Commentary by Terry Anker
It seems that along with age is delivered a diminished interest in fighting the uphill battle to stay personally up-to-date. Where once we coveted each and every new style, color and cut, we now, if the suit still fits and well-serves its intended purpose, find an off-trend width of lapel or shade of blue as insufficient to compel replacement. Have we all become collectively less stylish? Do we care not about our presentation or are we stuck in some past decade comfortable with the standards of that now expired era?
But if the sofa/curtain/countertop/suit/whatever is still in good working order, why would we feel a need to replace it? Once we made the decision to acquire the stylish dusty-rose toaster oven, does it make sense to buy another simply because it is skinned in stainless steel? Basic economics teaches us that our sunk cost is only recovered via use. We pay $100 for shoes to walk 100 miles. We then only walk 10 miles. We could argue we have $90 left in them. Unless sold to someone else for $90 (or more), we’ve forfeited the remainder of the worth. Once purchased, the kicks should be used until consumed. Even so, how do we discount for style and convenience? Is there a case where the first 10 miles is worth $100 and the rest nothing?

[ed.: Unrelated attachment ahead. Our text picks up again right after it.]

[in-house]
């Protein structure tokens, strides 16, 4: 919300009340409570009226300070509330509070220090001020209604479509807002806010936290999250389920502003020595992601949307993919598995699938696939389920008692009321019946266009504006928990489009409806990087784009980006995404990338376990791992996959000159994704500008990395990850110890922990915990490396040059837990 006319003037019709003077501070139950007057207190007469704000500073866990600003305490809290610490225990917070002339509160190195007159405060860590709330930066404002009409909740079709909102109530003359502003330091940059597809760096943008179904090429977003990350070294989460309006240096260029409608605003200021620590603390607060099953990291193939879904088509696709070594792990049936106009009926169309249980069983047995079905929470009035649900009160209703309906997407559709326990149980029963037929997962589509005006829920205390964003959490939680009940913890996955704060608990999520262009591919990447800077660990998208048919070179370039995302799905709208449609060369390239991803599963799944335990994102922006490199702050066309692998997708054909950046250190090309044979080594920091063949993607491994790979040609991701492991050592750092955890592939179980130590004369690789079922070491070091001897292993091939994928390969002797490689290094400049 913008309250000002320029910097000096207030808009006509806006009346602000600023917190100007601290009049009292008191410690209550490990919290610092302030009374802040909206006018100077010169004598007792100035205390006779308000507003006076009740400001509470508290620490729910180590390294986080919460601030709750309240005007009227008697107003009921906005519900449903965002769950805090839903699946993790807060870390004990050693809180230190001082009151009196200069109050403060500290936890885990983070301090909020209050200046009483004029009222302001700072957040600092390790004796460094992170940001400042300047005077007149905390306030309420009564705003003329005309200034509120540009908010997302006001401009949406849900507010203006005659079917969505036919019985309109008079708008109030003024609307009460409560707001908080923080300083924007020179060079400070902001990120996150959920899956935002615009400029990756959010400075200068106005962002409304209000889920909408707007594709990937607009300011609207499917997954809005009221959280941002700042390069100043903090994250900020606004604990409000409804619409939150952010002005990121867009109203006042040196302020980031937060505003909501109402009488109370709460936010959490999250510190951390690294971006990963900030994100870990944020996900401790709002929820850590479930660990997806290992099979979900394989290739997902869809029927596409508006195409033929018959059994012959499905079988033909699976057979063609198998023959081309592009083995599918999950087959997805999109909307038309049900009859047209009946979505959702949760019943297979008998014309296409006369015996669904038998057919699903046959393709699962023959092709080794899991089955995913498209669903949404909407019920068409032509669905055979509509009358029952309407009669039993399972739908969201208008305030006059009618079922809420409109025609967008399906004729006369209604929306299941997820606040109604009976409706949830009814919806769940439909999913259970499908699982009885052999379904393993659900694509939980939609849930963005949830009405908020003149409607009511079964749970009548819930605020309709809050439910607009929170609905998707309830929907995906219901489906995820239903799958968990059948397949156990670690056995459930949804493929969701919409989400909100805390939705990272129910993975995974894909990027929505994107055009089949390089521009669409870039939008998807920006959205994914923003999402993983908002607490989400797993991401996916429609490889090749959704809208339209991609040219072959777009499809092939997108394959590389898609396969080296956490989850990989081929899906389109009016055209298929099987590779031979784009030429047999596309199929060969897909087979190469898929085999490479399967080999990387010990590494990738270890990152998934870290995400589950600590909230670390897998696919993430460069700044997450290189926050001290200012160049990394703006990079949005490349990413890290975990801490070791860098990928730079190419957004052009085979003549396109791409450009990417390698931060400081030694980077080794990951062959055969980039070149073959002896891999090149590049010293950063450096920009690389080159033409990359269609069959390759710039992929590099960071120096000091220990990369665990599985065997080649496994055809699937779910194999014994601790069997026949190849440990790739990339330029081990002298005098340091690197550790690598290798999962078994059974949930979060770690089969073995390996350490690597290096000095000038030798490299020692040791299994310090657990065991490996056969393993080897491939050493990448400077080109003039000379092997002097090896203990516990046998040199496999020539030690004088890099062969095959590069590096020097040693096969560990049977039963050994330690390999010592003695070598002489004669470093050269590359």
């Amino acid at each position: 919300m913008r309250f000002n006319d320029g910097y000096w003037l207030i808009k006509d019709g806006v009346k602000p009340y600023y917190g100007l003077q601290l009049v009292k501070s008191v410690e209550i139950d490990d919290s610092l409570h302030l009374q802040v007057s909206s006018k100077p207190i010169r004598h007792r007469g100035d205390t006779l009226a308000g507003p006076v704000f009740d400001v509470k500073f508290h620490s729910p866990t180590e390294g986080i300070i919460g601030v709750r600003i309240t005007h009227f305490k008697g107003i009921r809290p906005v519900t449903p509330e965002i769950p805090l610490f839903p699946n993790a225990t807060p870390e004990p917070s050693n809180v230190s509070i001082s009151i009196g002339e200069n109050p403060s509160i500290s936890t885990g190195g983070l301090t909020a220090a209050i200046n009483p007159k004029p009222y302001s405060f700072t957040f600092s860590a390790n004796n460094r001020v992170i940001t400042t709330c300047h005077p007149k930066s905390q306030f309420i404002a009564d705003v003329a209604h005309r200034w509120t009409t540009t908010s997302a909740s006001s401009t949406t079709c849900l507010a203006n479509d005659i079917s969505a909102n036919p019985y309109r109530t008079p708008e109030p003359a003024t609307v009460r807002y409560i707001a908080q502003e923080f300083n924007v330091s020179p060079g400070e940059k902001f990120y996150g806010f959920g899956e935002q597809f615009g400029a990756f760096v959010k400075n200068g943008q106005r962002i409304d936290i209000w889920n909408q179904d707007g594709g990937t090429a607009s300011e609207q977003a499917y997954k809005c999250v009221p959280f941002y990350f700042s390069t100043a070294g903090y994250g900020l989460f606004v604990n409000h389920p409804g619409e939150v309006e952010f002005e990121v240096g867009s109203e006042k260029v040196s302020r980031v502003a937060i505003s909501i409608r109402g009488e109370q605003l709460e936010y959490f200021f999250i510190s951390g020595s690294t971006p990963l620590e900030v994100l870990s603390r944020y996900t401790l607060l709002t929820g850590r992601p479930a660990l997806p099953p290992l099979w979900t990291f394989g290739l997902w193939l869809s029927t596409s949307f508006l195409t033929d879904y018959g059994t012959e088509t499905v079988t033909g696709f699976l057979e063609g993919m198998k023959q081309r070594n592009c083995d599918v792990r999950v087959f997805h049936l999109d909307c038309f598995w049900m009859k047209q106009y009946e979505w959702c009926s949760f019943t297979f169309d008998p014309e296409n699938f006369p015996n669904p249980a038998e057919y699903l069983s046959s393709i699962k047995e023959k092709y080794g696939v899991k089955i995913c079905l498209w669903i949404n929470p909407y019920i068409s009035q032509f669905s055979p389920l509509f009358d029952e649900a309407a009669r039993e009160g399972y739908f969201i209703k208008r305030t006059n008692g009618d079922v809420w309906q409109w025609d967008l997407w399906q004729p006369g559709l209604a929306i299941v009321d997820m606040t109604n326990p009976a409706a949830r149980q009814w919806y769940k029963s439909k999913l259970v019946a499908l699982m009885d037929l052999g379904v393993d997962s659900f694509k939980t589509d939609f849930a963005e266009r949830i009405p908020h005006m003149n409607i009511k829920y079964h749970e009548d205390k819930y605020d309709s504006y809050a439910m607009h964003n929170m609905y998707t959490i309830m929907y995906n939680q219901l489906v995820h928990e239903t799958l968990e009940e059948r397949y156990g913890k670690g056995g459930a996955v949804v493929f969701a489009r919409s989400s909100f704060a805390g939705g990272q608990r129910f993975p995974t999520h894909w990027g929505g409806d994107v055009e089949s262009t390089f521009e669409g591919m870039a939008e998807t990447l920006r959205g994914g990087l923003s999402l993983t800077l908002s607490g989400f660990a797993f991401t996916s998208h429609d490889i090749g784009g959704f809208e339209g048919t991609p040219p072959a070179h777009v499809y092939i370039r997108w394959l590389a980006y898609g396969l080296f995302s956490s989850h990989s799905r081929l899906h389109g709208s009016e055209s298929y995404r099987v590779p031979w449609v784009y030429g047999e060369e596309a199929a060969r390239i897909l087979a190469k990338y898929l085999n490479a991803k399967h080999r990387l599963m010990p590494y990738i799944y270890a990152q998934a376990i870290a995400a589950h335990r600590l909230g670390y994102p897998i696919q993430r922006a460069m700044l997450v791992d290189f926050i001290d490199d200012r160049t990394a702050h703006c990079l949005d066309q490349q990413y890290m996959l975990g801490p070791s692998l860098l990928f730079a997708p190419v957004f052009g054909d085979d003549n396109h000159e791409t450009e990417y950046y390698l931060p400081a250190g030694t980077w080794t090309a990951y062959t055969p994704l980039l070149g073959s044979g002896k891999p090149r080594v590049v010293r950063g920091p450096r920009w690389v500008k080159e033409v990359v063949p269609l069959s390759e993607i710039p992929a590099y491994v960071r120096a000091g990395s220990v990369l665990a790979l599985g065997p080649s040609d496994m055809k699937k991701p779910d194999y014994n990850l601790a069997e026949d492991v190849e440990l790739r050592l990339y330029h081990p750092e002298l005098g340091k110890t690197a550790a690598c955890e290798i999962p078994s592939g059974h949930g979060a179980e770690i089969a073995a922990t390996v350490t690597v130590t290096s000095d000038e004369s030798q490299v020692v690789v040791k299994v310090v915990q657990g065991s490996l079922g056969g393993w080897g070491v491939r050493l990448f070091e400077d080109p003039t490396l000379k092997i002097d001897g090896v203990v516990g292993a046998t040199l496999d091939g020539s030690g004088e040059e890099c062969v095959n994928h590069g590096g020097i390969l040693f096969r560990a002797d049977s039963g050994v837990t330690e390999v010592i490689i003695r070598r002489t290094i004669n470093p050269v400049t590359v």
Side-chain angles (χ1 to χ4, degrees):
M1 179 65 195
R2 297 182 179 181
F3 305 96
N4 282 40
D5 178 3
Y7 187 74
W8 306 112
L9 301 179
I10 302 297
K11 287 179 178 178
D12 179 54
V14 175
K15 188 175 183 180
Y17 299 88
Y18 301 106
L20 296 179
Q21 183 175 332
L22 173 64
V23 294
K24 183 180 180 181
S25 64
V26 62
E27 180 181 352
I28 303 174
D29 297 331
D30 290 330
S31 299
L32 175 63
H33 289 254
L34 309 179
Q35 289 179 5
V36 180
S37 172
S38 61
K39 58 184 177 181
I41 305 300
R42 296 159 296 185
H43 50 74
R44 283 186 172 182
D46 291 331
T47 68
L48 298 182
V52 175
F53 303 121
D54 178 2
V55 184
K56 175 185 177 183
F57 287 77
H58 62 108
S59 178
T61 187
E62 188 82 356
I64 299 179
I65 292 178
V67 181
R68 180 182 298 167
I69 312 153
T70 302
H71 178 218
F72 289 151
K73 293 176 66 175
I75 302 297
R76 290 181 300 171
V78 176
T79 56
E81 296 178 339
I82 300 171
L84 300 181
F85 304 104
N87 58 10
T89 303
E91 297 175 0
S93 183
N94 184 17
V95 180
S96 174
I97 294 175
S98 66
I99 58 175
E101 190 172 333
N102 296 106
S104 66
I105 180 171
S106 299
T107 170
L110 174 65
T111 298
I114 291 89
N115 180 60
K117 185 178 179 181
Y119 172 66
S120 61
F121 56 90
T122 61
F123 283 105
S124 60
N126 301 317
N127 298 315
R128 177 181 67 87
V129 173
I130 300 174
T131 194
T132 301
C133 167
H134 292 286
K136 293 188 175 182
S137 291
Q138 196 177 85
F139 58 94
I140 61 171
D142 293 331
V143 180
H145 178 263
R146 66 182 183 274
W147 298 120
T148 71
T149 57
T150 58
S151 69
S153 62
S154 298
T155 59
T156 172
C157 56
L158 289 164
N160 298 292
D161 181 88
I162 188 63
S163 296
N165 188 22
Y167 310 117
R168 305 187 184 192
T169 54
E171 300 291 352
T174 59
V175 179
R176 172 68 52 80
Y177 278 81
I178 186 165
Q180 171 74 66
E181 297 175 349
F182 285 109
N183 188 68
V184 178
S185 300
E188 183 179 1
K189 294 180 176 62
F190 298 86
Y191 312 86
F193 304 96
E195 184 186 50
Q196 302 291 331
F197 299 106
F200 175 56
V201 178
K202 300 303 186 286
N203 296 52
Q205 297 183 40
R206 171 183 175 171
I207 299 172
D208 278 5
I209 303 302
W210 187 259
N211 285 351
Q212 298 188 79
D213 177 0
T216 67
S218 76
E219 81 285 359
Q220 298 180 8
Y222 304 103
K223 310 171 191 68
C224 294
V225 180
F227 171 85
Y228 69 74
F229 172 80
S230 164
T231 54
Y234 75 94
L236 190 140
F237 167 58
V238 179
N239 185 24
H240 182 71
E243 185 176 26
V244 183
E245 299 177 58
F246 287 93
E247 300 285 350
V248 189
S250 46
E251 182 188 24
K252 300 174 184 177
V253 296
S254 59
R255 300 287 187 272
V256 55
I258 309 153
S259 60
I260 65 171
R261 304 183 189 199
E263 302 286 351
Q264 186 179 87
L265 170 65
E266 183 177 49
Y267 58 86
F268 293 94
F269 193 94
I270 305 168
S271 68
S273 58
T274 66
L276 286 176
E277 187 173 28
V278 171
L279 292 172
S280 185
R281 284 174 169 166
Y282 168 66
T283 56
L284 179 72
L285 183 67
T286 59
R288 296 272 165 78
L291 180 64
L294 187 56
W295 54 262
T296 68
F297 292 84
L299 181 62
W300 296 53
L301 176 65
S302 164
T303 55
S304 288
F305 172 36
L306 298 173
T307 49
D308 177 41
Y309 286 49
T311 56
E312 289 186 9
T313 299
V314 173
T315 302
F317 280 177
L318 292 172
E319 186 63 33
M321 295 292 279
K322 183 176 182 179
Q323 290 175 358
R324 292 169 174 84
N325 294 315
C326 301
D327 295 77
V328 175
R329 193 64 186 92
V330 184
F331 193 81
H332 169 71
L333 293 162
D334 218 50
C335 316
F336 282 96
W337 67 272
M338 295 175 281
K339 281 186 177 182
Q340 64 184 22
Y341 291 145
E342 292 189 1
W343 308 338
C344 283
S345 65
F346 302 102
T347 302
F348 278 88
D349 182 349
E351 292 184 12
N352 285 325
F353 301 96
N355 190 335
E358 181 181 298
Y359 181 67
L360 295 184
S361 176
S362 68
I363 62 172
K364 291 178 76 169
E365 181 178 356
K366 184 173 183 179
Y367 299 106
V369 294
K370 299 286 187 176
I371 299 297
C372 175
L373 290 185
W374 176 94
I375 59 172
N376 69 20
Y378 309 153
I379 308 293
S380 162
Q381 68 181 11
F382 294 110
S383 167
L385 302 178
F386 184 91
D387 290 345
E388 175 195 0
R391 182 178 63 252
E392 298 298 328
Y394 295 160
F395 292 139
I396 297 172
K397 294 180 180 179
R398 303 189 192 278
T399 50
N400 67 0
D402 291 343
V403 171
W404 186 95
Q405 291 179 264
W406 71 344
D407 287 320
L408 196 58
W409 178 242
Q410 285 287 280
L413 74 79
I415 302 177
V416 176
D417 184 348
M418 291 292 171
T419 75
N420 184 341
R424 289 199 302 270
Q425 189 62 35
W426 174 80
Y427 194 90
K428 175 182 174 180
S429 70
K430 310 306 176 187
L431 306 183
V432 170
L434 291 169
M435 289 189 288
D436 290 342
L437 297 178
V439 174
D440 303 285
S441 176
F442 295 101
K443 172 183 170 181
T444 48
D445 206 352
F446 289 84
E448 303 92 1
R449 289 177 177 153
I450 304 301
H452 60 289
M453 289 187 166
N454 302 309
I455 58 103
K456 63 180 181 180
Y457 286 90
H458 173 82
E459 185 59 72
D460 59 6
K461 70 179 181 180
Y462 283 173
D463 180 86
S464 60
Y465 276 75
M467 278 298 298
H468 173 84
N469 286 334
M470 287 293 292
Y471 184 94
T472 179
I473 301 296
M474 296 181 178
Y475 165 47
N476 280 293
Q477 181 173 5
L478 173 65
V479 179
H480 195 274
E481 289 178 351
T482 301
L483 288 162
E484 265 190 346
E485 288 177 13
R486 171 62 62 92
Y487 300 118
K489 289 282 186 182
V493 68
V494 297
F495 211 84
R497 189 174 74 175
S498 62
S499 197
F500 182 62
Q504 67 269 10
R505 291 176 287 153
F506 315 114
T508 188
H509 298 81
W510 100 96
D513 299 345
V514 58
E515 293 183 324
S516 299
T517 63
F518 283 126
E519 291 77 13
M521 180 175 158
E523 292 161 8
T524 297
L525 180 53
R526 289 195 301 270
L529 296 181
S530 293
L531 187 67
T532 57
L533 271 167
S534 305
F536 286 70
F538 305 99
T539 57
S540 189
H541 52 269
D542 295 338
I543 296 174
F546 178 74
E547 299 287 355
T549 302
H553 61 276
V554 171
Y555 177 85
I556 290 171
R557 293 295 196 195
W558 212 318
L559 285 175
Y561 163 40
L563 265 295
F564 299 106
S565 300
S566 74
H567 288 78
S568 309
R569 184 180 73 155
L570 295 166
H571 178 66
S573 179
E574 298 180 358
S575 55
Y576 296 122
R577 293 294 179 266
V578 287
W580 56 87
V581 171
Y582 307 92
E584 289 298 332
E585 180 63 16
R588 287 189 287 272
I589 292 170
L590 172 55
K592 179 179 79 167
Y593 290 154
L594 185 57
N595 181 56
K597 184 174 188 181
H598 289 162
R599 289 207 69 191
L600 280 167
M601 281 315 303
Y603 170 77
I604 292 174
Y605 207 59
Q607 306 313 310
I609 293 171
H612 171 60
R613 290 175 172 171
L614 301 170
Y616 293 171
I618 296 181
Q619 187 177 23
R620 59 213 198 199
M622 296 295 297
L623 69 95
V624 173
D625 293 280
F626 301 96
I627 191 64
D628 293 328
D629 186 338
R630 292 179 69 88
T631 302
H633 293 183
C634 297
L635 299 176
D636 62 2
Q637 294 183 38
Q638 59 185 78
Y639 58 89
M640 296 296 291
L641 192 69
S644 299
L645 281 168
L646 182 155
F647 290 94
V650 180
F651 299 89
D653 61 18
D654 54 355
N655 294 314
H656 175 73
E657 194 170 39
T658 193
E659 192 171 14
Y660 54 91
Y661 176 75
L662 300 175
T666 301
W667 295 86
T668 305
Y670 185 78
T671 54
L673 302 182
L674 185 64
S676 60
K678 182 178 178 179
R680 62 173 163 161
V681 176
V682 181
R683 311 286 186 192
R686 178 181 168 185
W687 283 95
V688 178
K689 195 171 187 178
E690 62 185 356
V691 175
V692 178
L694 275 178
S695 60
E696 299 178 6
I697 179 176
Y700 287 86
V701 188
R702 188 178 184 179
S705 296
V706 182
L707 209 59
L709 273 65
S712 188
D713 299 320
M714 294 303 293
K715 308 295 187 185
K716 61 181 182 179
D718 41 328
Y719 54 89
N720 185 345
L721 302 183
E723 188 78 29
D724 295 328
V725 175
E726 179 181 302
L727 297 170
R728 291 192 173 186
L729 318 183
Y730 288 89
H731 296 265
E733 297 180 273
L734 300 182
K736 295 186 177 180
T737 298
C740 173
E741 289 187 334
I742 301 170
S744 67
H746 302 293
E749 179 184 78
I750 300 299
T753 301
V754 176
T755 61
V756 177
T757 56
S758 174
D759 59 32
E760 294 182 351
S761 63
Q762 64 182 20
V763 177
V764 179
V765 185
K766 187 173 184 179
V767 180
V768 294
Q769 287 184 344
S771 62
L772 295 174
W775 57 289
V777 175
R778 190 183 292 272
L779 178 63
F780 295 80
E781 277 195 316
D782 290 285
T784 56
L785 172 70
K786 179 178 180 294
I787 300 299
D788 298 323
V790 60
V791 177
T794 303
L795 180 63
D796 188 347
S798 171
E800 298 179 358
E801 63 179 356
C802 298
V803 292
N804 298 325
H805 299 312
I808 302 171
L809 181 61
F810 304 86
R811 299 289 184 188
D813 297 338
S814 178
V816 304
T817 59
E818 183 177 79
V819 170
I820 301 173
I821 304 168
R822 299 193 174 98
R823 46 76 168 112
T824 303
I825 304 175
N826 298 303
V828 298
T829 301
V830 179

Some people buy a new house every few years. They want new style, new appliances and new landscaping. Likewise, clothes, worn-once, find a new home through charity (or worse, the landfill). And, leftovers don’t have a home in the freezer but, instead, the garbage. Should we live in a world where sunk costs are a lost cause? If so, how can we hope to measure the right time for the exchange? Maybe it’s time to go shopping.